But it’s existence serves to underline the growing chaos inside Libya. “It’s very divided on the ground,” adds El Amrani. “The local police force and state authority is so weak that they’re not really able to stop them from coming in and stop them from shooting people and holding executions.”

TIME China

China Tumbles in Annual Corruption Index

Chinese one-hundred yuan banknotes
Jerome Favre—Bloomberg/Getty Images

See where countries rank from most corrupt to least

China fell 20 spots in this year’s corruption rankings, despite President Xi Jinping’s massive campaign to weed out graft that has disciplined more than 60,000 government officials.

Transparency International’s annual study, released late Tuesday, scored 175 countries and territories based on how corrupt experts perceive them to be. The lowest rankings indicate the highest amounts of corruption. China, the world’s second largest economy, placed 100 on the Index, down from 80 in 2013.

“Fast-growing economies whose governments refuse to be transparent and tolerate corruption, create a culture of impunity in which corruption thrives,” José Ugaz, the chair of Transparency International, said in a statement released with the report. Brazil, Russia and India, the other members of the so-called BRIC developing nations, all placed in the lower two-thirds of the rankings.

Denmark held onto first place as the country seen as least corrupt, while recent and current conflict zones represented some of the poorest-faring countries, including Syria (159), Libya (166) and Somalia, which tied North Korea for last place.

Iraq, where the government said on Monday that an internal review had found some 50,000 soldiers were on the payroll but not showing up for duty, placed 170.

Read next: Hong Kong Protest Leaders Attempt to Surrender to Police

TIME Libya

Report: ISIS Takes Control of a Libyan City

An armed motorcade belonging to members of Derna's Islamic Youth Council, consisting of former members of militias from the town of Derna, drive along a road in Derna, eastern Libya
An armed motorcade belonging to members of Derna's Islamic Youth Council, consisting of former members of militias from the town of Derna, drive along a road in Derna, eastern Libya on October 3, 2014. Reuters

Derna is just hours from Tobruk, where what's left of the central government is based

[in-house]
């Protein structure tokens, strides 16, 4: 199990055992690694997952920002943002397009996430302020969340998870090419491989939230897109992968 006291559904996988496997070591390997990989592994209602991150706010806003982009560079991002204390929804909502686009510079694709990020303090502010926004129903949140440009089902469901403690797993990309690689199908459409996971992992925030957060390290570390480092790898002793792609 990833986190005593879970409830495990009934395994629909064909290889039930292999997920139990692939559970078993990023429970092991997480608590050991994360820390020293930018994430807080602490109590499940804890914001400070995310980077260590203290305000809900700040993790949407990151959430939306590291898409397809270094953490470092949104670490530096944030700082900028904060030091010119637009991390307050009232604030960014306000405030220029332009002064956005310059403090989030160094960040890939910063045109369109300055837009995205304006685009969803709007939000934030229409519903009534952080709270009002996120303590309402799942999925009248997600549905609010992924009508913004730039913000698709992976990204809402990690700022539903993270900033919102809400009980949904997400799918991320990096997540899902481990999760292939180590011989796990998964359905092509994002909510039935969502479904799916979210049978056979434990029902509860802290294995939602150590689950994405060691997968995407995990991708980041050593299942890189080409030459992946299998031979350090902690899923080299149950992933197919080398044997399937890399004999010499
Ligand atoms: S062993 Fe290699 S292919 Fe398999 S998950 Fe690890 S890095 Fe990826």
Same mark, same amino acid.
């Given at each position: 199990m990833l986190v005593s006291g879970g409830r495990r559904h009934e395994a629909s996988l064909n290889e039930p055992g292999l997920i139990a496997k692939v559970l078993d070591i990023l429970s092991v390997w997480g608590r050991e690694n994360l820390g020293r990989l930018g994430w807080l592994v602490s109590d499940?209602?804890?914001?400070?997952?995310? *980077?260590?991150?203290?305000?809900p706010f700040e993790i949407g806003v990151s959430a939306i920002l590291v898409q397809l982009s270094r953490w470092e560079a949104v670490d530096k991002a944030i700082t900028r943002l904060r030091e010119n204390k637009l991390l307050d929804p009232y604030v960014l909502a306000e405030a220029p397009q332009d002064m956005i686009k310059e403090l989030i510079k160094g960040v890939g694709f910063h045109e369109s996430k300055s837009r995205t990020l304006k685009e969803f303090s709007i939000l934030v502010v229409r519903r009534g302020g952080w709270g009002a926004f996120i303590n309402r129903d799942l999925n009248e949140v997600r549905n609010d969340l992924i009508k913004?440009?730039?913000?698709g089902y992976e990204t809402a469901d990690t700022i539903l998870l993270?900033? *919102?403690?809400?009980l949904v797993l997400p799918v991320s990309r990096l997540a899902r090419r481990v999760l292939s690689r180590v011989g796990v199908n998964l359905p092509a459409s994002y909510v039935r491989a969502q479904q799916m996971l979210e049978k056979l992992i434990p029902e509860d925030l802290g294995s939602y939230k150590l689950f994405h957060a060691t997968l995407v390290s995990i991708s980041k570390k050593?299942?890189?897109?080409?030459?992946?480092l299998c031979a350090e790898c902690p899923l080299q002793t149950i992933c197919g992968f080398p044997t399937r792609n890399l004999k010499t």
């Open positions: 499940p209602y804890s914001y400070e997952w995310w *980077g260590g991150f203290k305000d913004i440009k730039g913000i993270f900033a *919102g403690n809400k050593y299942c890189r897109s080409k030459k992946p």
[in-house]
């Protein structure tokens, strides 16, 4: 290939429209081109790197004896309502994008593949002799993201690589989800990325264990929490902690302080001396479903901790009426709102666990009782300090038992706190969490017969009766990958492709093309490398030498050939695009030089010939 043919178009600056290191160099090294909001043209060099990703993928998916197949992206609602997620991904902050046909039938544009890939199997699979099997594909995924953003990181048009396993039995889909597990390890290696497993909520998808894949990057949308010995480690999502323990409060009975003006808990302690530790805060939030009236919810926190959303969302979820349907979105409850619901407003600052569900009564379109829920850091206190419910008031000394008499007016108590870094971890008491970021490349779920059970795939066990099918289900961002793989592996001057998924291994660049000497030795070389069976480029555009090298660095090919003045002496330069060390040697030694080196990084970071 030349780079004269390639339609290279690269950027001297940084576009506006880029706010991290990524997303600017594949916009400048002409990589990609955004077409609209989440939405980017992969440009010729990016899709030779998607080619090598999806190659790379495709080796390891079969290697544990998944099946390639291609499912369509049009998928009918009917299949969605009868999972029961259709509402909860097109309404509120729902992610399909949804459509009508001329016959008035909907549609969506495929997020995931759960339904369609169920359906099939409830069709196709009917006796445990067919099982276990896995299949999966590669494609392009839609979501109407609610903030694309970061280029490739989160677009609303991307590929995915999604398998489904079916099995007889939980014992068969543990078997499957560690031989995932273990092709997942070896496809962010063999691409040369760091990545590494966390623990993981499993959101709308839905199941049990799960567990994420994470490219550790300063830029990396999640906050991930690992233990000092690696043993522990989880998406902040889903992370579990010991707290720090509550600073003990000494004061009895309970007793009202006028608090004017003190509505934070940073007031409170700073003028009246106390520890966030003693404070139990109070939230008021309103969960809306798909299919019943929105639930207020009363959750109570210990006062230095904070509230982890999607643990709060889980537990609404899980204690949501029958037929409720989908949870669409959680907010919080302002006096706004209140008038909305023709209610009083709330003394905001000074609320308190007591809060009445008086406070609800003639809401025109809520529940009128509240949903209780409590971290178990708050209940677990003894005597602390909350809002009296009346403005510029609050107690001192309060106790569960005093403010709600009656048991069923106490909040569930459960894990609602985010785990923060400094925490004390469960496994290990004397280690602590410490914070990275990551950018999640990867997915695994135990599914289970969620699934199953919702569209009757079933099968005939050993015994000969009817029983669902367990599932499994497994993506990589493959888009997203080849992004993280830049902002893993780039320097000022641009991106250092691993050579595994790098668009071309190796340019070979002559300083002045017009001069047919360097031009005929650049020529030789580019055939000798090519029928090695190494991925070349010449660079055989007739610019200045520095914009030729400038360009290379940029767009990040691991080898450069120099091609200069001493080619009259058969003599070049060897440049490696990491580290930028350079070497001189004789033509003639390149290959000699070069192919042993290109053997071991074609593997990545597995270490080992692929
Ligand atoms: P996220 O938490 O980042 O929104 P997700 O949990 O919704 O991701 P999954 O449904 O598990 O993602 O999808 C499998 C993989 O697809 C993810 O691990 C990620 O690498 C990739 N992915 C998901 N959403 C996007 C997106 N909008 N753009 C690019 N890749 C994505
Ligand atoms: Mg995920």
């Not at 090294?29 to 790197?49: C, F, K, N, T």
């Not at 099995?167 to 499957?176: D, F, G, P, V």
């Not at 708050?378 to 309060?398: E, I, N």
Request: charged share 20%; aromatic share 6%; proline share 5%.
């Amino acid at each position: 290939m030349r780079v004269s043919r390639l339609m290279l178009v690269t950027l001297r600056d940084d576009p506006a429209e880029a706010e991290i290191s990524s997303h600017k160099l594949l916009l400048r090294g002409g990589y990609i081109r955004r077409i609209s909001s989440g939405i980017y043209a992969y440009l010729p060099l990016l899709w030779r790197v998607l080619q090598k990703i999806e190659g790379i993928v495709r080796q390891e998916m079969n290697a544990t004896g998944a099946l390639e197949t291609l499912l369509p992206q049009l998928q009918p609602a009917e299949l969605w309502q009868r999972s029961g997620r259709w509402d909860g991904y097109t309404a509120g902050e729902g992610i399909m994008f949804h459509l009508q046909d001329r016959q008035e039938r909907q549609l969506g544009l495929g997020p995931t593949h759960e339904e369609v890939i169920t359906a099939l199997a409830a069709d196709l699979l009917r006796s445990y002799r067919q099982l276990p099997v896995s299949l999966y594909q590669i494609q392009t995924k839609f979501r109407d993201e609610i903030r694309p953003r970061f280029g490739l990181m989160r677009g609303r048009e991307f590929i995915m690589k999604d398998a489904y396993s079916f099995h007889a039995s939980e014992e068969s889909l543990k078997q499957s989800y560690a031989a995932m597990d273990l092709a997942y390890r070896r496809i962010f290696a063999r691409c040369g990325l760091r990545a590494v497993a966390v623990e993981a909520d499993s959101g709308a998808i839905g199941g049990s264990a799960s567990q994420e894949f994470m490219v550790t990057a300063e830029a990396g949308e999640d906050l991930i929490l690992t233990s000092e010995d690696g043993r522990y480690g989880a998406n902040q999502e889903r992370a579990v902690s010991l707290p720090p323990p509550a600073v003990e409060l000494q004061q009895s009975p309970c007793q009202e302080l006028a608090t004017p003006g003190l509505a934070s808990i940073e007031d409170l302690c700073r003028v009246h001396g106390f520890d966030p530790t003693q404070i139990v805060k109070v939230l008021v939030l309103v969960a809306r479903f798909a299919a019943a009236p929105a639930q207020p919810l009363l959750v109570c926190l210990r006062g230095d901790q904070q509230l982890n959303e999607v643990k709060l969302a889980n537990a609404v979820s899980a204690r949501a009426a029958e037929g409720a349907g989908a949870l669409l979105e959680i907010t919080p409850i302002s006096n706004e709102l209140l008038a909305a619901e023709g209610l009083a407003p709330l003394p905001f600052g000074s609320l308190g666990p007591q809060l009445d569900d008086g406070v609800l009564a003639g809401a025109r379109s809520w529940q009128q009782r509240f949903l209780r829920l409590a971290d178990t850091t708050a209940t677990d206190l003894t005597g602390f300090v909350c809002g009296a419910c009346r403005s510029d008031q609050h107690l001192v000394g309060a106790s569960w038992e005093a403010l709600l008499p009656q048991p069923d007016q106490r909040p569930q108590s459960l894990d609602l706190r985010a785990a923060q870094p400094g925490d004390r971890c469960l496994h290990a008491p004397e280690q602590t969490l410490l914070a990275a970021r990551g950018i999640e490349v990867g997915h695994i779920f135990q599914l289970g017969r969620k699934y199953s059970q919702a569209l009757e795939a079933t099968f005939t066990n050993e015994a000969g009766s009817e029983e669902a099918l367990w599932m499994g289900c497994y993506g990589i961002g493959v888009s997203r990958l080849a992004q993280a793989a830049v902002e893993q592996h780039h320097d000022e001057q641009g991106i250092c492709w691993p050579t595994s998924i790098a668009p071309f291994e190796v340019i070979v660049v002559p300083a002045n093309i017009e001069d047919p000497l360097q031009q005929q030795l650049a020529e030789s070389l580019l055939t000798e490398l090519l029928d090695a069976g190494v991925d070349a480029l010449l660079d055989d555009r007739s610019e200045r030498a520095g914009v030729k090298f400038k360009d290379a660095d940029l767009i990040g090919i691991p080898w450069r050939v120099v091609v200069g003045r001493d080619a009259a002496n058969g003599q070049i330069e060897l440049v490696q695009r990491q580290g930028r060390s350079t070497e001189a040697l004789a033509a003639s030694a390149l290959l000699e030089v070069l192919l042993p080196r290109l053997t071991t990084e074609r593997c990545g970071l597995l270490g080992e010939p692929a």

Militants loyal to the Islamic State of Iraq and Greater Syria (ISIS) are now in control of a Libyan city of near the Egyptian border, according to a new report.

CNN, citing unnamed Libyan sources, reports that militants control Derna, a city only a few hours from Tobruk, where the remnants of Libya’s central government fled to after being forced out of the capital this summer. Approximately 300 of the 800-strong force in control of Derna are reportedly hard-line Libyan jihadists who fought with ISIS in Iraq an Syria.

The report is the latest sign of ISIS looking to expand its footprint across the Middle East despite U.S.-led air strikes against it in Iraq and Syria. Libya has been in turmoil since the fall of former strongman Muammar Gaddafi’s regime in 2011

Read more at CNN

Read next: Terrorism-Related Deaths Up 60% Last Year, Study Says

TIME On Our Radar

Battle-Scarred: Sebastian Junger’s Last Patrol Premieres on HBO

The Last Patrol, Sebastian Junger’s third and final chapter in a trilogy of films about war and its devastating effects on soldiers, came to fruition after he and documentary photographer Tim Hetherington made plans to walk from Washington D.C. to New York City along railroad lines.

The trip would mimic the long patrols both men were accustomed to when covering the war in Afghanistan, on embeds with the U.S. military. The only difference being that they wouldn’t be shot at, wouldn’t have to run for cover, wouldn’t fall into an ambush.

Their trip never came to be. In April 2011, Hetherington was killed in Misrata, Libya, while covering the people’s uprising against their dictator, Muammar Gaddafi.

Washington, D.C. Amtrak Guillermo Cervera—HBO

Hetherington’s death shocked an entire industry of journalists and photographers, and convinced some of them to give up on war, Junger included.

This year, Junger went on that “last patrol”, reigniting the plans he had made with his friend and colleague to walk along America’s railways. Accompanied by combat veterans Brendan O’Byrne, who appeared in Junger’s Restrepo, and Dave Roels, as well as Spanish photographer Guillermo Cervera, who witnessed Hetherington’s death, he walked from Washington D.C. to Philadelphia and to Pittsburgh.

Together, the four men, all war veterans in their own ways, discussed “why combat is so incredibly hard to give up,” they say. The resulting documentary, which chronicles their “last patrol” premieres on Monday, November 10 on HBO.


The Last Patrol by Sebastian Junger is available on HBO and HBO GO from November 10 at PM (CET).

An exhibition of Guillermo Cervera’s images from The Last Patrol and from 20 years of documenting armed conflicts and social issues around the world is on show at Anastasia Photo in New York City.

Phil Bicker, who edited this photo essay, is a senior photo editor at TIME.

Olivier Laurent is the editor of TIME LightBox. Follow him on Twitter and Instagram @olivierclaurent